Weekly Grain Update – September 25, 2017

9/25/17

Harvest is starting to ramp up in many areas of the Corn Belt as the unseasonably warm temperatures push the crop into maturing several weeks earlier than originally anticipated.  Local yields on beans seem to be decent, but many farmers are complaining that although the beans are dry, the stems are still alive and hard to cut.  On Saturday at Readfield, we dumped approximately 20 loads of new beans and almost all of them were under 13.5% moisture.  Most of these beans are coming from the southern areas.  It is truly shocking how the beans dried down so quickly when just 2 weeks ago we thought nothing would ever dry down.  Heat will do this.  In fact yesterday was the hottest day of the entire summer in this area, and it is the last week of September!  Who would have ever guessed.

We witnessed an unusually strong grain market on Friday.  Corn closed up 3 and beans closed up 14 cents.  This type of market activity normally does not happen during harvest.  After consolidating around $3.50, Dec corn futures broke up through its upper channel line of resistance that it had been respecting for weeks.  This bullishness caused some of the funds to start to cover their short positions, and the market ran higher after many protective buy stops were triggered.  This is the first sign of corn bullishness that we have seen in months.  This strength is from a technical perspective and not from a fundamental perspective.  The corn fundamentals are still quite weak.  Argentina still has the cheapest corn in the world by far, and we have no outside country buying corn at any significant volume.  We did start to see some slight farmer selling of corn on storage, but most farmers continue to sell their beans for cash flow and store their corn.  Time will tell if this is the start of a reversal process in corn.  However, please keep in mind that we have just barely started corn harvest in the corn belt.  When this happens in about 2 weeks, there will be some selling pressure which will likely put pressure on futures and basis.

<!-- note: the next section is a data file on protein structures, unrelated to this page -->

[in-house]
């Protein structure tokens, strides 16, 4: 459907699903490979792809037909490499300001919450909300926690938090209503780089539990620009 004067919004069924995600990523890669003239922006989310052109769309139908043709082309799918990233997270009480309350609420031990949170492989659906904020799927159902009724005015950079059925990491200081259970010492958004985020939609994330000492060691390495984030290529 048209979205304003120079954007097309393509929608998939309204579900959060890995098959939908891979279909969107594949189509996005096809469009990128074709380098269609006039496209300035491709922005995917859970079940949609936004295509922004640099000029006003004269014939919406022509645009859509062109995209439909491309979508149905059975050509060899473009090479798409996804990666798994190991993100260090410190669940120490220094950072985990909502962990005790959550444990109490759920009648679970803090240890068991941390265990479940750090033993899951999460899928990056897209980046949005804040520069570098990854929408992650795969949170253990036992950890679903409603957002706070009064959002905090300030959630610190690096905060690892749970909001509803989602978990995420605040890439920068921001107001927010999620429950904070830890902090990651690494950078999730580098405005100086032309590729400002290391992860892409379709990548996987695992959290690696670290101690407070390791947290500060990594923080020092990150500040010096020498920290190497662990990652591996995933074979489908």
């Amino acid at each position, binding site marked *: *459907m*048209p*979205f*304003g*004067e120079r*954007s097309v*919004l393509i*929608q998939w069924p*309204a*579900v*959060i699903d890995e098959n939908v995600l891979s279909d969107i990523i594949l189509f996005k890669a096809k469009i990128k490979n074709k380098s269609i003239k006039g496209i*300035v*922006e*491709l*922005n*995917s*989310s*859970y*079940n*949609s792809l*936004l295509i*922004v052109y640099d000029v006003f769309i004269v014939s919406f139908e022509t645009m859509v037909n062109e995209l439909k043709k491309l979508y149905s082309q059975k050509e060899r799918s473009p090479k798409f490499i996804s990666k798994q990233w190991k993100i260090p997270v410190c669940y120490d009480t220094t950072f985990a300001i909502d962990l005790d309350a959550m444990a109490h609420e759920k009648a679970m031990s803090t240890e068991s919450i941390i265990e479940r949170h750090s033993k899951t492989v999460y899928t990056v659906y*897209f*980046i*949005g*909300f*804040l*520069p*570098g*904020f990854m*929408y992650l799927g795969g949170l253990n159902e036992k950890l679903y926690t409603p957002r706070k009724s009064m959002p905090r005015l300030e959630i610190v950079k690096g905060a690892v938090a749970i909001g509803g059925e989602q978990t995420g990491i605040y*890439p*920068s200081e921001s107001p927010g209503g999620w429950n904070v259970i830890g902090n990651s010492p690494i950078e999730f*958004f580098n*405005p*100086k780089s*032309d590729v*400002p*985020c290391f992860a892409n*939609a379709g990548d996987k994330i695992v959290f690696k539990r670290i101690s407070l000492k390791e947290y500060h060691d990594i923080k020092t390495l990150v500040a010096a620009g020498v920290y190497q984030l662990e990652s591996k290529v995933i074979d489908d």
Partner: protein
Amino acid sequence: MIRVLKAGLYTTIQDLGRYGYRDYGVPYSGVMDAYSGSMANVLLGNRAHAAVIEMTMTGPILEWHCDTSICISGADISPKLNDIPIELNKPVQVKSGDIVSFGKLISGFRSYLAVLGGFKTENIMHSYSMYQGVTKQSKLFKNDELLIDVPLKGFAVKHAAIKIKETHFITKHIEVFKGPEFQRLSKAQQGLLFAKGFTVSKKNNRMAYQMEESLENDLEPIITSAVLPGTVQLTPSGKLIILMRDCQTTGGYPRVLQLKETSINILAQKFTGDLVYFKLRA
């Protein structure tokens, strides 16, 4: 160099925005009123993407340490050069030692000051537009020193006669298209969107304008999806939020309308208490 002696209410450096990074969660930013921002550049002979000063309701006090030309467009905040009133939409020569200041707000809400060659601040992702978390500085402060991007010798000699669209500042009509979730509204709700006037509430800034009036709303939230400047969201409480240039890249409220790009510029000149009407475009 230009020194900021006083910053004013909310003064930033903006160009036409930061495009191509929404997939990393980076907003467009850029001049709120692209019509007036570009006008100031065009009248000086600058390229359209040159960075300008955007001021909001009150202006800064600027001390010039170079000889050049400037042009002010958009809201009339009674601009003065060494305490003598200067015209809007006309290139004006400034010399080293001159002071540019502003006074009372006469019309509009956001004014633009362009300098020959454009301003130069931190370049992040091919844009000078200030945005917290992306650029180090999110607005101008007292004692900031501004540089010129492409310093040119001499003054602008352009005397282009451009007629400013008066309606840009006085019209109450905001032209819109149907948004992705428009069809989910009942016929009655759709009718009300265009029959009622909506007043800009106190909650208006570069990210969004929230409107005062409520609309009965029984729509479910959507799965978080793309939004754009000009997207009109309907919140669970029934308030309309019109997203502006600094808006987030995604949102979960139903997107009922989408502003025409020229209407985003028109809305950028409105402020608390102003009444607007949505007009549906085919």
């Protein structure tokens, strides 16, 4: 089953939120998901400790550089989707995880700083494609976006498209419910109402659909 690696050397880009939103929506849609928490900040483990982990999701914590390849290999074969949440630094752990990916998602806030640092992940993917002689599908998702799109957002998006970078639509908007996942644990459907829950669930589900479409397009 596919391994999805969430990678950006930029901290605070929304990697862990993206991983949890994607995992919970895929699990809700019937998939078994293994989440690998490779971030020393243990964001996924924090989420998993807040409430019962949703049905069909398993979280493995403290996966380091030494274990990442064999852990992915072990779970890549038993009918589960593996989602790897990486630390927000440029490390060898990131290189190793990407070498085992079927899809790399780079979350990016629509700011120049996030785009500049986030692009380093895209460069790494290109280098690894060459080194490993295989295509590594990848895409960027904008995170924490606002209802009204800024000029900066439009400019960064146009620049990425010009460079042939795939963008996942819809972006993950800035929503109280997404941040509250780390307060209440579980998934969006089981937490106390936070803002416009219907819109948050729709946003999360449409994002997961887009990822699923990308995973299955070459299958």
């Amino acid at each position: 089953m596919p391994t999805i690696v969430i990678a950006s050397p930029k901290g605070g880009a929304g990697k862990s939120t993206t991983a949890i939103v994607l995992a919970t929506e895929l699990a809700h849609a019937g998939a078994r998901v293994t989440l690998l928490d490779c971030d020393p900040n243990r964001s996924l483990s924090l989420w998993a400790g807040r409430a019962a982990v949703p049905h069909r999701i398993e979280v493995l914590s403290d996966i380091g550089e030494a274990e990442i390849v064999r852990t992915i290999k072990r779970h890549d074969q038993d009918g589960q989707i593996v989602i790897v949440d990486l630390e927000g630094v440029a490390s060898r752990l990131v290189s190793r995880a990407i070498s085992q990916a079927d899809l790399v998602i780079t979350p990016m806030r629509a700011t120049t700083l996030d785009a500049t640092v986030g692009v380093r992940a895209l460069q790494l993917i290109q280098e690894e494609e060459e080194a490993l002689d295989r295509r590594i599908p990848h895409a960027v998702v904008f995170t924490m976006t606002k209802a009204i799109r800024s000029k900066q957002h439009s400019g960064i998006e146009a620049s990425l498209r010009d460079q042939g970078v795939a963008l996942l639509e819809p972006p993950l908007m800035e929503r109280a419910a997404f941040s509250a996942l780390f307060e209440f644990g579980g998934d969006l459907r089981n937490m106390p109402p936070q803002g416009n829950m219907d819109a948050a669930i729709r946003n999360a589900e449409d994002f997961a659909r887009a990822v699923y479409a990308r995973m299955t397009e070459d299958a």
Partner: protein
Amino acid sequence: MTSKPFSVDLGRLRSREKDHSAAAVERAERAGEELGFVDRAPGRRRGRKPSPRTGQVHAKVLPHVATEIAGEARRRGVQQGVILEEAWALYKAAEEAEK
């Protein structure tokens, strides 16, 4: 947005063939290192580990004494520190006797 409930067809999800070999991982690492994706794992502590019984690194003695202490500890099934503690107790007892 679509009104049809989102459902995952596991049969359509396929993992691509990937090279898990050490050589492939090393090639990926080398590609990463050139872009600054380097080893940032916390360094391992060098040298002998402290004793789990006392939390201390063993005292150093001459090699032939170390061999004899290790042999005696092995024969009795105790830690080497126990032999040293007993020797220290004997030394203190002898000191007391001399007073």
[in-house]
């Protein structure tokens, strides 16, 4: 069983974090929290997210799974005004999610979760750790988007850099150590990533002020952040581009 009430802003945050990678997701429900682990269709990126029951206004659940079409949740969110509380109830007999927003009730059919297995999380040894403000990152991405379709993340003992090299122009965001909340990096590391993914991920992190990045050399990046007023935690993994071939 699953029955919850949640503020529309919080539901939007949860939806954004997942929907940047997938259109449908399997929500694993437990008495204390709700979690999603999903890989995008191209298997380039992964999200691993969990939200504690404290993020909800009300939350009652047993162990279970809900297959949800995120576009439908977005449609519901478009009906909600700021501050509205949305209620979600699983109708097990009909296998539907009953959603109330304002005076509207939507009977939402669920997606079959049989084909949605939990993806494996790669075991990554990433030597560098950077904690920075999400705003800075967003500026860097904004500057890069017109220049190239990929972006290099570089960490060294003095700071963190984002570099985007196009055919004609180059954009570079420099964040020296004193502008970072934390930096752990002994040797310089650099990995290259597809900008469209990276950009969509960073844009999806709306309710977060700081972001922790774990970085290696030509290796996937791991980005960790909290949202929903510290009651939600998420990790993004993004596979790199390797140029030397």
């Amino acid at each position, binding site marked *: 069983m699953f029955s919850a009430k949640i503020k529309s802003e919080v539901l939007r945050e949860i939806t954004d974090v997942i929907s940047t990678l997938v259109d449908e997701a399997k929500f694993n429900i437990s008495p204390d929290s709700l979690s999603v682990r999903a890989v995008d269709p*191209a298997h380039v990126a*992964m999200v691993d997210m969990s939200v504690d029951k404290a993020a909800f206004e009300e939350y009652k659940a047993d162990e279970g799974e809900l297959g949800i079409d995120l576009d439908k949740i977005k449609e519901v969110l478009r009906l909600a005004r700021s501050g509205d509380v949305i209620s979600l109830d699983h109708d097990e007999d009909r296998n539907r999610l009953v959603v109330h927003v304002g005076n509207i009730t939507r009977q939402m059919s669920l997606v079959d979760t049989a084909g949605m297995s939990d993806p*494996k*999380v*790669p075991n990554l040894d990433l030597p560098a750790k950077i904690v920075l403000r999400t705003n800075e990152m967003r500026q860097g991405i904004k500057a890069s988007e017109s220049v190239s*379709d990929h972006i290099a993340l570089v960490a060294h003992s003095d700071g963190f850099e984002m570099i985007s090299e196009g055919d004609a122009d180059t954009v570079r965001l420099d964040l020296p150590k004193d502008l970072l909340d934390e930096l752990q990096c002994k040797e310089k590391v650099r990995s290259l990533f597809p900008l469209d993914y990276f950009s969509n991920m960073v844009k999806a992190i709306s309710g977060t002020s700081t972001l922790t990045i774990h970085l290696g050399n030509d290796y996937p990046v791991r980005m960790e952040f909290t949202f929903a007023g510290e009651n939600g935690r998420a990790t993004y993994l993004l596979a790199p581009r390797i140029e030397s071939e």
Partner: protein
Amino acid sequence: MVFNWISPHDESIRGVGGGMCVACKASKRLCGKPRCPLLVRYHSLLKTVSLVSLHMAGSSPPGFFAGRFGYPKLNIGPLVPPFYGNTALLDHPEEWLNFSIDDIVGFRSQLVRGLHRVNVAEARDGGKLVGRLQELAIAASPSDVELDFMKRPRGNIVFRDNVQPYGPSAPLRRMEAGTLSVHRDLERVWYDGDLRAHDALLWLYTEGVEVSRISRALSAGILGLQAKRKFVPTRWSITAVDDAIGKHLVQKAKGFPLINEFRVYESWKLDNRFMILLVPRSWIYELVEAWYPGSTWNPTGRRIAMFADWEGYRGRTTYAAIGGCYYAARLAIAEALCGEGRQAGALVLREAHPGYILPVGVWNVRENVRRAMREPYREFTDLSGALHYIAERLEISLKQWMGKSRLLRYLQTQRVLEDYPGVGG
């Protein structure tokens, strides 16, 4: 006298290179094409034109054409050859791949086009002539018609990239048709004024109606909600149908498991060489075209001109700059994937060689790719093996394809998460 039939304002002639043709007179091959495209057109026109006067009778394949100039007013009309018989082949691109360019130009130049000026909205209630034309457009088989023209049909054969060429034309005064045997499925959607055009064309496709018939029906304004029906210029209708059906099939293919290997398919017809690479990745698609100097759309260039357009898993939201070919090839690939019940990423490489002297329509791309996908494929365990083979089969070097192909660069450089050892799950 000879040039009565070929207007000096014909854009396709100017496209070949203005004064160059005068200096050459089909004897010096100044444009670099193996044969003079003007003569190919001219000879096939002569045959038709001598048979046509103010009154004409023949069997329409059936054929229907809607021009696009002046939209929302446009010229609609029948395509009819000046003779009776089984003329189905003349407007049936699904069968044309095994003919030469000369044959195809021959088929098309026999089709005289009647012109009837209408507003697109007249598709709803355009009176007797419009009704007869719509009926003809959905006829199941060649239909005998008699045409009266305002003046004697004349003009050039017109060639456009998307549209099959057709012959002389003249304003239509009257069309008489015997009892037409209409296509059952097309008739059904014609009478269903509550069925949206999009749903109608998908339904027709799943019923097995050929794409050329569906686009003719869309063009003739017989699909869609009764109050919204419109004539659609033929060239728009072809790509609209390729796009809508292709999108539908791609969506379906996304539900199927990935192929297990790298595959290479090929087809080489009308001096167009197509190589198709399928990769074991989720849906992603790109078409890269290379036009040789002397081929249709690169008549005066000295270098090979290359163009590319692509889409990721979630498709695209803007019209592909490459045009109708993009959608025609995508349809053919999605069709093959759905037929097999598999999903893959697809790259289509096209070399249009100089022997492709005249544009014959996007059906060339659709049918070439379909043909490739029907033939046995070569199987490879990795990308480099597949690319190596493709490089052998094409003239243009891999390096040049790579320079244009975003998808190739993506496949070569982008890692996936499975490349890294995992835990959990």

The bean market took the lead from corn and continued its upward move as well.  It is interesting to note that if one looks at the Nov bean futures chart, it made a high on July 11th at $10.47 and made a new low on Aug 16th at $9.21.  Now, please keep in mind that it is quite normal for the markets to retrace 50% to 61.8% of a move before resuming the previous trend.  The market move lower during this period by the total of $1.26.  The normal retracement window is 50 to 61.8% of this move or 63 to 78 cents above the low of $9.21 before it turns around and again moves lower.  This represents the Nov futures window of $9.84 to $9.99.  On Friday, Nov beans closed at $9.85 ¼ or exactly a 50% retracement.  Isn’t it interesting how a normal barrier of resistance like $10.00 almost exactly matches the 61.8% retracement level of $9.99?  This is not by coincidence.  There are many traders at Chicago who are looking at the very same thing.  If you still have beans left to sell for harvest delivery, my best quest is that Nov beans will make a high between $985 and $10.00 before turning around and moving lower, and possibly significantly lower through harvest.  Please take advantage of this opportunity before it slips away.

As you deliver your grain into our CHS Larsen Co-op elevators this fall, please communicate with your drivers on what you wish to do with your grain when delivering.  At the elevator, the scale operator will need to know if you want to sell your grain, place it on an existing contract, place it in Delayed Price or Open Storage, or into Grain Bank if you are using it for feed.  It is critical that we know what to do with your grain BEFORE the truck leaves the elevator.  This will help to make sure there are no delays in processing your grain deliveries.  Unfortunately, if your truck leaves without telling us what to do with your grain, we will be forced to place your grain into Delayed Price and title will be lost.  Please avoid this mistake by communicating with your drivers or simply calling our office so we do not make a mistake on processing your grain shipments.  We greatly appreciate your help in this matter.

As always, if I can help you with anything, please call me in Readfield.

Marcus

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